I think one of the side effects of depression is feeling nothing.   And subconsciously we would rather feel something shitty than nothing.
For a long time I thought that I was SUPPOSED to feel that feeling; I deserved it.   But after doing a lot of work on myself I realized I sought it out because it was better than feeling nothing.  It was sick in its reassurance that I wasn’t enough.   I was getting an answer,

The real problem was that I was stuck in my head obsessing about myself and I wasn’t treating my depression.   Those songs don’t hit me today with the impact they used to because I know that message is false.  I feel the feeling come up, and start to take hold and then I see it for what it is and its power lessens and if I’m having a good day, I chuckle.

But I also couldn’t guarantee if I was in a roller rink having trouble finding someone for couple’s skate and they played Dancing Queen, I wouldn’t cry.


Facebook and Fame

Am I alone in feeling the digital age is cracking the whip and I can’t keep up?   Every couple of months I realize there is some new gadget, site or app everybody but me knows about.
The number of ways we can connect to each other is getting bigger but the quality with which we communicate seems to be dropping.    I always preferred a small party of close friends than a huge party of acquaintances.   Sometimes the digital age seems like a kegger with endless free beer, but a lot of douchebags.

I’m feeling the urge to rebel.    Part of me wants to cancel Facebook and Twitter and close up my websites, but I know that’s not the right solution.   I have a famous friend who no longer uses email.   I think she got tired of trying to reply to everyone who wanted something from her.  I think her solution is a little harsh, but I get it.

The little taste of fame I’ve experienced made me realize that once you get more people paying attention to you, your next dream is that a lot of people will leave you alone.
I had always imagined fame would mean intelligent, attractive people succinctly complimenting me.   In reality it’s a drunk guy with bad breath cornering you with a racist knock-knock joke.   It’s backhanded compliments at the airport.  (I like your little show.  How come they don’t let you be this funny on t.v.?  I bet this show will lead to something big!)

I’m not surprised people love Facebook.   It’s shares a lot in common with with fame.   It’s seductive and addicting.  And if we look to it to make us happier, we’re fucked.

The myth of Facebook and fame is that the more people who are aware of us, the happier and more secure we will become.   In reality more people being aware of you only increases the number of opinions about you; and the intensity of those opinions.   Fame doesn’t guarantee increased self-esteem.  In fact it rarely does, because it increases your exposure to extreme opinions about yourself, and you go back and forth between wondering which one is the truth.    Truly famous people (unlike the marginally known like me) get all the good stuff we already know about, but they are also exposed to large numbers of people plagued by hostility, jealousy, and intense neediness.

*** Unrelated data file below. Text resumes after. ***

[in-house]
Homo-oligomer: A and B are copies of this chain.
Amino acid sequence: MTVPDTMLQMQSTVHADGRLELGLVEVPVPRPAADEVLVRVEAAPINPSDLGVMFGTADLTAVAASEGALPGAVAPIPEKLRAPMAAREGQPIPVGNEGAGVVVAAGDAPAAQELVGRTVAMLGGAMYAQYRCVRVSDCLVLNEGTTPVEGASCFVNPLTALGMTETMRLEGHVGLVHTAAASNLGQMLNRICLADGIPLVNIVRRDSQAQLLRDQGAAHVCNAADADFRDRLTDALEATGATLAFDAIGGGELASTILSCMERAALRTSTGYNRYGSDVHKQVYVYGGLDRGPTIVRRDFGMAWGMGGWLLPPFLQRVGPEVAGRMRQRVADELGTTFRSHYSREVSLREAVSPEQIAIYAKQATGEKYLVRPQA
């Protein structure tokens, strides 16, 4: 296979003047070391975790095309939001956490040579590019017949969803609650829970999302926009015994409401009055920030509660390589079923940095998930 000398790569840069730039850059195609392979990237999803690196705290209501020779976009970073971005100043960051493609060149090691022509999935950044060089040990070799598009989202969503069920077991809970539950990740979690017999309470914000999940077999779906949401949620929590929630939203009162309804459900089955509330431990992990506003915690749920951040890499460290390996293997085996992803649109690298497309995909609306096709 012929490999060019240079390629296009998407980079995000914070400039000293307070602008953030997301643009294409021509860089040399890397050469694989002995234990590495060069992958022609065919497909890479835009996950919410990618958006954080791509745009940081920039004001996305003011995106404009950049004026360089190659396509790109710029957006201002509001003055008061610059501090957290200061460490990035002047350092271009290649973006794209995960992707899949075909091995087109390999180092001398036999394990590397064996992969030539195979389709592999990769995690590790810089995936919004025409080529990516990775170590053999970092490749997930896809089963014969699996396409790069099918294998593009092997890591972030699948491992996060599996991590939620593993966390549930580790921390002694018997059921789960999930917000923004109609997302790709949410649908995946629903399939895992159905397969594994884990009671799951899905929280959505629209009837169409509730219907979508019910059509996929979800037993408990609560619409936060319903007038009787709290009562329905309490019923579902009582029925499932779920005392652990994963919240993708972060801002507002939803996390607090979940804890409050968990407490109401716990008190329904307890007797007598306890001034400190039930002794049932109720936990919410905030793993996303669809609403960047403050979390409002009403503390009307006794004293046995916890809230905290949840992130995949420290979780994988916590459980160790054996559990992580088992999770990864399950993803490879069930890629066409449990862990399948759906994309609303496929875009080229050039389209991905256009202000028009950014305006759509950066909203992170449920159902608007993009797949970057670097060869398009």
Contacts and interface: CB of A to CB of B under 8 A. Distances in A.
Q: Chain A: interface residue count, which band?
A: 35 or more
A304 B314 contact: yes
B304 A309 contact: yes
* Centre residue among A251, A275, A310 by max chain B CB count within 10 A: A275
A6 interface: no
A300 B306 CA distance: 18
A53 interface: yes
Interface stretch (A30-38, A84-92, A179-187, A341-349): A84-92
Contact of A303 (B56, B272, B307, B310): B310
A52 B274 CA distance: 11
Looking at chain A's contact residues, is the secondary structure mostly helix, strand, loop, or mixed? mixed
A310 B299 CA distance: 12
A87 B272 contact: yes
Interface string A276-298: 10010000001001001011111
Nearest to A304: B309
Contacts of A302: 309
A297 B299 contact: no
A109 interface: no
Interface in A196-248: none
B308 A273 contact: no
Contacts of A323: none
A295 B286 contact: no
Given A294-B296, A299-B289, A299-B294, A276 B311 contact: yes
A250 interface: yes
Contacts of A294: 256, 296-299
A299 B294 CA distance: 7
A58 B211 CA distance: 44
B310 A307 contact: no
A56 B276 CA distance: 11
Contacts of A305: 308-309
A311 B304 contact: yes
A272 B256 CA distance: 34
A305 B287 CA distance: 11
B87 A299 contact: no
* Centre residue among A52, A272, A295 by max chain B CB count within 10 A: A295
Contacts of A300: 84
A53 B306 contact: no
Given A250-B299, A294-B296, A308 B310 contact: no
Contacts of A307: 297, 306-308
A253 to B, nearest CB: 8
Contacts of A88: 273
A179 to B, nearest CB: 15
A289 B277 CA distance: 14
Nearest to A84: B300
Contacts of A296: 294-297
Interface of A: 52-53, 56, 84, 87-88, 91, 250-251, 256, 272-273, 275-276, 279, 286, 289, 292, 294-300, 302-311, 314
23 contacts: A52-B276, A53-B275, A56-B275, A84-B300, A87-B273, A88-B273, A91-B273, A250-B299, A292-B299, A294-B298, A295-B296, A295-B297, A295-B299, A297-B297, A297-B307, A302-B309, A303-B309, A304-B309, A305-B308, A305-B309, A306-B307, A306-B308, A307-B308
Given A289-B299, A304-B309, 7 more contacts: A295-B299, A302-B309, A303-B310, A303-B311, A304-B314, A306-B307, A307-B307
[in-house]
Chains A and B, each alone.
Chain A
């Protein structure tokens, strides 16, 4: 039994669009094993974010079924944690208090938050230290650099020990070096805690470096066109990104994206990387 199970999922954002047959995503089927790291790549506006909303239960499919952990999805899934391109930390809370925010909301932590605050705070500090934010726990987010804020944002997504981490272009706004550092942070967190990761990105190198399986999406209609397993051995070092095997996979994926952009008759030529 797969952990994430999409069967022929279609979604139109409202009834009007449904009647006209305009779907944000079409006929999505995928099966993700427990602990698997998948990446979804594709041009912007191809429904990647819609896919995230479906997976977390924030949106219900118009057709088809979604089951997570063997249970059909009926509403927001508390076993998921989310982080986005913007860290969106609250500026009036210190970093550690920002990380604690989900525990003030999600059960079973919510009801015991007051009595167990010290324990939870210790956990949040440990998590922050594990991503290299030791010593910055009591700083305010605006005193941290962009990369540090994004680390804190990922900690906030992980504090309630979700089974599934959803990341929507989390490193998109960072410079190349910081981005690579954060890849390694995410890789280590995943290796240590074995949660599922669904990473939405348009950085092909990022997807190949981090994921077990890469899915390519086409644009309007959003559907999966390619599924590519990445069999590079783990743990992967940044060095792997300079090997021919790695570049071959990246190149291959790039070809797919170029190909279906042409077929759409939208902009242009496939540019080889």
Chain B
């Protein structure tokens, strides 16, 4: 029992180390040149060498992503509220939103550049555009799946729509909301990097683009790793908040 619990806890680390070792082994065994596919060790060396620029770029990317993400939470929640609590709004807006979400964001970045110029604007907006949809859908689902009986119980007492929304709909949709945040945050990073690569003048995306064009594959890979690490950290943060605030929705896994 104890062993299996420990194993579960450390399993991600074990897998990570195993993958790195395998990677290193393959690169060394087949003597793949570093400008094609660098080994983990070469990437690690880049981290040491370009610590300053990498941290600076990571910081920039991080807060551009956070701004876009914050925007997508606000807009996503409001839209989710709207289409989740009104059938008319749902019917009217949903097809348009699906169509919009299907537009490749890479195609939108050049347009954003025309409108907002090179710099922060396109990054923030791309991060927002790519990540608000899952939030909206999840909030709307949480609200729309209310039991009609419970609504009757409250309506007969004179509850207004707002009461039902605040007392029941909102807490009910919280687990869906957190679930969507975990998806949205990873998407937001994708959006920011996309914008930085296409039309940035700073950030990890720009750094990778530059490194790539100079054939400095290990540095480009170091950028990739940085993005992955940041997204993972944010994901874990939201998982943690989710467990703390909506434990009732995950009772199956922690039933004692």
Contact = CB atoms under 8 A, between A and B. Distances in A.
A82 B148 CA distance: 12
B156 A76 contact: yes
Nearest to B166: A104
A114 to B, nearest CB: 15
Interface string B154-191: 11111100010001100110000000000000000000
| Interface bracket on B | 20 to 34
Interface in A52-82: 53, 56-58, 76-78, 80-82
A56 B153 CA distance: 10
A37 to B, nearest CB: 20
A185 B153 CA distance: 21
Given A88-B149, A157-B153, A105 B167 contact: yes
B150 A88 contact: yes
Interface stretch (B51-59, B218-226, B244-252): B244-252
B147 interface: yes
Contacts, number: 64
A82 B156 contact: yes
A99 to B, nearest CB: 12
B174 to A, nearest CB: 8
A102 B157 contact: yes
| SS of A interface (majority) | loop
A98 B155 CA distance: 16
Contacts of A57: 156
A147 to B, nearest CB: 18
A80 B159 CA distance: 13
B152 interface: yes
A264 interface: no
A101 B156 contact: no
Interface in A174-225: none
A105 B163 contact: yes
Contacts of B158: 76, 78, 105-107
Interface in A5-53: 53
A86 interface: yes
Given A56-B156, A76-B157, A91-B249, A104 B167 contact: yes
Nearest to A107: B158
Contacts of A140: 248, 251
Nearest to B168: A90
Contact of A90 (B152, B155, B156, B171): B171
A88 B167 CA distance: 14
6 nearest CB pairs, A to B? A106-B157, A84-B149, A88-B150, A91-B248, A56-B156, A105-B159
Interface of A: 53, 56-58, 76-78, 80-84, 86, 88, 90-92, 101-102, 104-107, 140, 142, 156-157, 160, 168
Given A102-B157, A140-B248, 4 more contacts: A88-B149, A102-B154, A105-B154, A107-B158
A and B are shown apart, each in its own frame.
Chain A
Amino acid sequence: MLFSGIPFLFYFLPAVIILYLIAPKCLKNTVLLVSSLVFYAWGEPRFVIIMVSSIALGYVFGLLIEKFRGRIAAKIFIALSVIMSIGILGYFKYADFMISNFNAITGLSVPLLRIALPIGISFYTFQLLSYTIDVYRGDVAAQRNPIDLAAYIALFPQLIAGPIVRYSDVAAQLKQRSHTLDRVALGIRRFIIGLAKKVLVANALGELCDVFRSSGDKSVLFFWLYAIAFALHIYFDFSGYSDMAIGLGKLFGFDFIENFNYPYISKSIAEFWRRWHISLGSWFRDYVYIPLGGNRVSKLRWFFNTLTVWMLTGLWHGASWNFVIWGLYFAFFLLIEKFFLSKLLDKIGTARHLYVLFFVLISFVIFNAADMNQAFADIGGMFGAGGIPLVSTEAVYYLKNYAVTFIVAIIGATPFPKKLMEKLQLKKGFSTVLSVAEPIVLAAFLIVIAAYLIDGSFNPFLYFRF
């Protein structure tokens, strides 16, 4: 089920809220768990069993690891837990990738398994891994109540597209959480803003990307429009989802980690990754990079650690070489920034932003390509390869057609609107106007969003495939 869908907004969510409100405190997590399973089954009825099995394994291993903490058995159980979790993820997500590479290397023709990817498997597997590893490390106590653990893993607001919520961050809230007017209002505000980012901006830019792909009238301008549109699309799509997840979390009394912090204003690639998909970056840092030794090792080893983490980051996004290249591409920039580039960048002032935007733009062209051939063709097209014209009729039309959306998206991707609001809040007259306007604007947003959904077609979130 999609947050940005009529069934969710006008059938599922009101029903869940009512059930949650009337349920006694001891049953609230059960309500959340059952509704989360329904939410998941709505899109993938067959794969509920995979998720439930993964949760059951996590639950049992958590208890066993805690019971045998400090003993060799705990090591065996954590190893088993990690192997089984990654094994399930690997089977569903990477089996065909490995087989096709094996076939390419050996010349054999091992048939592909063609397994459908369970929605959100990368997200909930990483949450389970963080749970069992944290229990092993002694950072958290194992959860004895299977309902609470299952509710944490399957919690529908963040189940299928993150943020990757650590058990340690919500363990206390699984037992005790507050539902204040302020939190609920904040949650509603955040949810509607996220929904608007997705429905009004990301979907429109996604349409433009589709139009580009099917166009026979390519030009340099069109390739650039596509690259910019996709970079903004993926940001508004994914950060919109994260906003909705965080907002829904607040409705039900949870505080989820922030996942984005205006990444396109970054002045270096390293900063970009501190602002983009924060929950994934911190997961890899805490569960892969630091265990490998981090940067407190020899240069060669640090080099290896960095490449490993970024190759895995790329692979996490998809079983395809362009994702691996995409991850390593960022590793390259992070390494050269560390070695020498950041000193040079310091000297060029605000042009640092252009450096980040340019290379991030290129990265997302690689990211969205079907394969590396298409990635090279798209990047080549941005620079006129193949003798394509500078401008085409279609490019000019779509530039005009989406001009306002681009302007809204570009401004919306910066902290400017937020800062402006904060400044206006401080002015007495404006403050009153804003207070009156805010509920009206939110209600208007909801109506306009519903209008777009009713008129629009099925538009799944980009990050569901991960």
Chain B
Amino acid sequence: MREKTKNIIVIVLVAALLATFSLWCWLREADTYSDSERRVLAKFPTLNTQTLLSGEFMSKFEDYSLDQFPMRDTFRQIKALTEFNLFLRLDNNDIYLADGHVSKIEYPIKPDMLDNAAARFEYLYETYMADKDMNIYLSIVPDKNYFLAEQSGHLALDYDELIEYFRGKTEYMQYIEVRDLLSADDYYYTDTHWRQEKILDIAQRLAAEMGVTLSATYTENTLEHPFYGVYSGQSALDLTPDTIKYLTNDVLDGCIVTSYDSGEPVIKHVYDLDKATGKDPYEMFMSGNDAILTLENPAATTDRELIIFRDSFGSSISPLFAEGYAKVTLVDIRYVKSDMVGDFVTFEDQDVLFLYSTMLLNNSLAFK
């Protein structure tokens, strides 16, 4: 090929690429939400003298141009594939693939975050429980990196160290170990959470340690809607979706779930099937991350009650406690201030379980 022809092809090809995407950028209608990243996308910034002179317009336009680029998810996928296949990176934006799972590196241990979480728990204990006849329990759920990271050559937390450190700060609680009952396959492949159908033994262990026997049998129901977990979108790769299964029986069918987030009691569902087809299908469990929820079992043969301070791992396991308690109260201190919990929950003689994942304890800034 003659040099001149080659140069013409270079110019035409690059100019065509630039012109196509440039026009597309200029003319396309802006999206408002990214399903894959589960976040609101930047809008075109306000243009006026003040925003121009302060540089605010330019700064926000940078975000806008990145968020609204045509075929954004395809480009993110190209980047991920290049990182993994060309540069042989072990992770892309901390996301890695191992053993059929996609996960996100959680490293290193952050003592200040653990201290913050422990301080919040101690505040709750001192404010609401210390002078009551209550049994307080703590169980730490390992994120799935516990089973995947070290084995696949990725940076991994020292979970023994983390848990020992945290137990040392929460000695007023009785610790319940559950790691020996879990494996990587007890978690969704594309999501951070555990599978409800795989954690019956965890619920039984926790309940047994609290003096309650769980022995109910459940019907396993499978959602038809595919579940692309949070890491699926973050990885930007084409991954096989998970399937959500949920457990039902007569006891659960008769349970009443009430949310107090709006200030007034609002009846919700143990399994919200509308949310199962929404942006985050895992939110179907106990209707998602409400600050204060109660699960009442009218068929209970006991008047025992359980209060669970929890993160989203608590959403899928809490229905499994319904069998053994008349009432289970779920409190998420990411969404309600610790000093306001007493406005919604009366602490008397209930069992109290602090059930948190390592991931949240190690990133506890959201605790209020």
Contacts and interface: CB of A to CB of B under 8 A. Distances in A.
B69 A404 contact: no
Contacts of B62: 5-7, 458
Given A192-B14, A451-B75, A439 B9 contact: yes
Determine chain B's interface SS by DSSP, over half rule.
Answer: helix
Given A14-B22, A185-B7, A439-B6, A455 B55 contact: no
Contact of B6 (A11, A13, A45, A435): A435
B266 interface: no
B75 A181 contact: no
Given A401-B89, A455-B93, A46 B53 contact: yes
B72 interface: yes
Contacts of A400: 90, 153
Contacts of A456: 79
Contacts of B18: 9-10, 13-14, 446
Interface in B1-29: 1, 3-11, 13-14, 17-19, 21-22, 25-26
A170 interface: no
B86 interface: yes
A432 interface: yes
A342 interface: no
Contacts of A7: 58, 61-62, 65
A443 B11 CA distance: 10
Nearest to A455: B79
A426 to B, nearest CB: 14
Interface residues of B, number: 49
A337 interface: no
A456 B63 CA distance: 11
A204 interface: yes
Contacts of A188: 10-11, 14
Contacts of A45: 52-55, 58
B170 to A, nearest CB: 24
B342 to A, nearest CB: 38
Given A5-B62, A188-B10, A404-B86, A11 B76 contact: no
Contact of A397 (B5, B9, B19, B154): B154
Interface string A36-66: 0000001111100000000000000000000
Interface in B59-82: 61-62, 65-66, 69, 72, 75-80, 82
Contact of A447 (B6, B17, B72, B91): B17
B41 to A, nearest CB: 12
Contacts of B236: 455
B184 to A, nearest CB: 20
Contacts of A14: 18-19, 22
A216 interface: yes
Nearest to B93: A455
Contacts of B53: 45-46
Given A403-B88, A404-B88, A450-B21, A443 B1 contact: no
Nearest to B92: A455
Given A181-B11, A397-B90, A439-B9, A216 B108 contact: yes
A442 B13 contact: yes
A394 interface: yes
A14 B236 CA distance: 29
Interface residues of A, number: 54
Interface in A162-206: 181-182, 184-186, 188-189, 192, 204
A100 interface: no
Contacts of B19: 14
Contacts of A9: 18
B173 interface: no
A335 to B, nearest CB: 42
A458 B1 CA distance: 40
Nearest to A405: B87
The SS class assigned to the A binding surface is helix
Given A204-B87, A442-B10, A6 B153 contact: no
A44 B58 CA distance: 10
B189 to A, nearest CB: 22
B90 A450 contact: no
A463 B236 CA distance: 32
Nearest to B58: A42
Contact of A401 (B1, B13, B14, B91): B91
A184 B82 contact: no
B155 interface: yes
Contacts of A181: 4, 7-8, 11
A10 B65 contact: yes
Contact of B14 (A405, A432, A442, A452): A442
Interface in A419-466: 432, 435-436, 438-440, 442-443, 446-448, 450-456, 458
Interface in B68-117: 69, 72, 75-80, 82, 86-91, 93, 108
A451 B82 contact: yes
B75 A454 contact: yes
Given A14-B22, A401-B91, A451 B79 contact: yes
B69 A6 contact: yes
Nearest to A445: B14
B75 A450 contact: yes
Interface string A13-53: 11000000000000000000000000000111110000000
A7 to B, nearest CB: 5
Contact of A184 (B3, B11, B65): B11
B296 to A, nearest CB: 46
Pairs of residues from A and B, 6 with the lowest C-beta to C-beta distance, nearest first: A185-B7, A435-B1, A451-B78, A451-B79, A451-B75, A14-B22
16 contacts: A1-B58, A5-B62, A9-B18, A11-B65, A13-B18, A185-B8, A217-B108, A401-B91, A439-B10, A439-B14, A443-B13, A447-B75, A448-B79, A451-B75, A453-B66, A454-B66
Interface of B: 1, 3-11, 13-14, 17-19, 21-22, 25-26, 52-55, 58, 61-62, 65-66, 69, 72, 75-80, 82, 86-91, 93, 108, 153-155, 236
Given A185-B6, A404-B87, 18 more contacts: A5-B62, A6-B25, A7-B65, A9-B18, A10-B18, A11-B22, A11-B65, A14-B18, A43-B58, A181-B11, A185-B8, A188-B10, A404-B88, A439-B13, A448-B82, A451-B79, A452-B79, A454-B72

I have been smothered by people because they think I’m a big deal and I have smothered people because I think they’re a big deal.   Both situations were pathetic.   Famous people give us the fantasy that if we become their friends, some of their life will rub off on us.   I totally get why famous people would want to hide from public view.   I get invited to weddings sometimes only because I’m on television.   I have never gone because it makes me uncomfortable.  Partly because it makes me feel like a pet someone is showing off, and partly because I’m afraid I might like it.

At our core is how we feel about ourselves and I believe that’s based on whether we feel we’re a giver or a taker.   For 40 years of my life I was a taker and to avoid looking at that, I had to base how I felt by what people thought of me.  It was a mental death sentence.   One day I was the king, the next day a piece of shit.

Living a more giving life gives us the freedom from self-obsession.   Self-obsession is the most alluring and poisonous dead-end.    The irony is that to find ourselves we have to think about others; Cheesy but true.

I don’t know if I could call myself a giver, but I can say I’m more of a giver now.   And I feel a peace that fame or money never brought.   Other people’s opinions can’t change that.
I used to think that I would know I’d made it if my face was on a billboard on Sunset Blvd.  Years ago Dinner and a Movie put my face on a billboard on Sunset Blvd.   Did it make me happy?   It made me lose respect for Sunset Blvd.